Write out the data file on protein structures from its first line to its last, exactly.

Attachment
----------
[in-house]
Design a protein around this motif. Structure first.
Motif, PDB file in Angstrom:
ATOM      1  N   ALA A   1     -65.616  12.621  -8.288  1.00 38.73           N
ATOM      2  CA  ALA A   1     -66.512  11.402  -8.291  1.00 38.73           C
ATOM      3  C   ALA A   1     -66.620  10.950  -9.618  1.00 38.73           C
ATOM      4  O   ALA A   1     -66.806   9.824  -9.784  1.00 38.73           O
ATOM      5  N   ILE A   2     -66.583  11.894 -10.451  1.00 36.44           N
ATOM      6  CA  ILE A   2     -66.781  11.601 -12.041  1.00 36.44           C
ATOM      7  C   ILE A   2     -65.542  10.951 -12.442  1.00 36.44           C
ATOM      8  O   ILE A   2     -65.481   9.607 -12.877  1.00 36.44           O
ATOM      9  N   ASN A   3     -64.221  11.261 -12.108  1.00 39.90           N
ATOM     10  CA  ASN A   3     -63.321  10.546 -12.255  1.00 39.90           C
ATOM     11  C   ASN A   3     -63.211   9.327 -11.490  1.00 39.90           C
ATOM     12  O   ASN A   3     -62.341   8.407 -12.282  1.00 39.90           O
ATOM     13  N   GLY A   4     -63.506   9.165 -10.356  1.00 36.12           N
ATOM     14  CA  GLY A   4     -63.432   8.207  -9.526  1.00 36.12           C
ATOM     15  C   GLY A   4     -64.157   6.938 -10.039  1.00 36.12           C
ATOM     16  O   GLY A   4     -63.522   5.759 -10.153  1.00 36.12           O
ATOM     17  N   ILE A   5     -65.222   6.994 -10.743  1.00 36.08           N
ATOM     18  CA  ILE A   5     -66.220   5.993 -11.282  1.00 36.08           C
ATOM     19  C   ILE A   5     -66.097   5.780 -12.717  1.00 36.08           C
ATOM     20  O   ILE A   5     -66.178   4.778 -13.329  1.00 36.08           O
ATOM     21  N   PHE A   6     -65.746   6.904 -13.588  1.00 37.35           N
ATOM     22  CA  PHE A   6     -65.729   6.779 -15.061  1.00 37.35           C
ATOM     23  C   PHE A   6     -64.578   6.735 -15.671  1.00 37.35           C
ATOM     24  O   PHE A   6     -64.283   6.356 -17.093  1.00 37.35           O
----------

[in-house]
Design a protein around this motif. Structure first.
Motif, PDB file in Angstrom:
ATOM      1  N   ALA A   1     -65.616  12.621  -8.288  1.00 38.73           N
ATOM      2  CA  ALA A   1     -66.512  11.402  -8.291  1.00 38.73           C
ATOM      3  C   ALA A   1     -66.620  10.950  -9.618  1.00 38.73           C
ATOM      4  O   ALA A   1     -66.806   9.824  -9.784  1.00 38.73           O
ATOM      5  N   ILE A   2     -66.583  11.894 -10.451  1.00 36.44           N
ATOM      6  CA  ILE A   2     -66.781  11.601 -12.041  1.00 36.44           C
ATOM      7  C   ILE A   2     -65.542  10.951 -12.442  1.00 36.44           C
ATOM      8  O   ILE A   2     -65.481   9.607 -12.877  1.00 36.44           O
ATOM      9  N   ASN A   3     -64.221  11.261 -12.108  1.00 39.90           N
ATOM     10  CA  ASN A   3     -63.321  10.546 -12.255  1.00 39.90           C
ATOM     11  C   ASN A   3     -63.211   9.327 -11.490  1.00 39.90           C
ATOM     12  O   ASN A   3     -62.341   8.407 -12.282  1.00 39.90           O
ATOM     13  N   GLY A   4     -63.506   9.165 -10.356  1.00 36.12           N
ATOM     14  CA  GLY A   4     -63.432   8.207  -9.526  1.00 36.12           C
ATOM     15  C   GLY A   4     -64.157   6.938 -10.039  1.00 36.12           C
ATOM     16  O   GLY A   4     -63.522   5.759 -10.153  1.00 36.12           O
ATOM     17  N   ILE A   5     -65.222   6.994 -10.743  1.00 36.08           N
ATOM     18  CA  ILE A   5     -66.220   5.993 -11.282  1.00 36.08           C
ATOM     19  C   ILE A   5     -66.097   5.780 -12.717  1.00 36.08           C
ATOM     20  O   ILE A   5     -66.178   4.778 -13.329  1.00 36.08           O
ATOM     21  N   PHE A   6     -65.746   6.904 -13.588  1.00 37.35           N
ATOM     22  CA  PHE A   6     -65.729   6.779 -15.061  1.00 37.35           C
ATOM     23  C   PHE A   6     -64.578   6.735 -15.671  1.00 37.35           C
ATOM     24  O   PHE A   6     -64.283   6.356 -17.093  1.00 37.35           O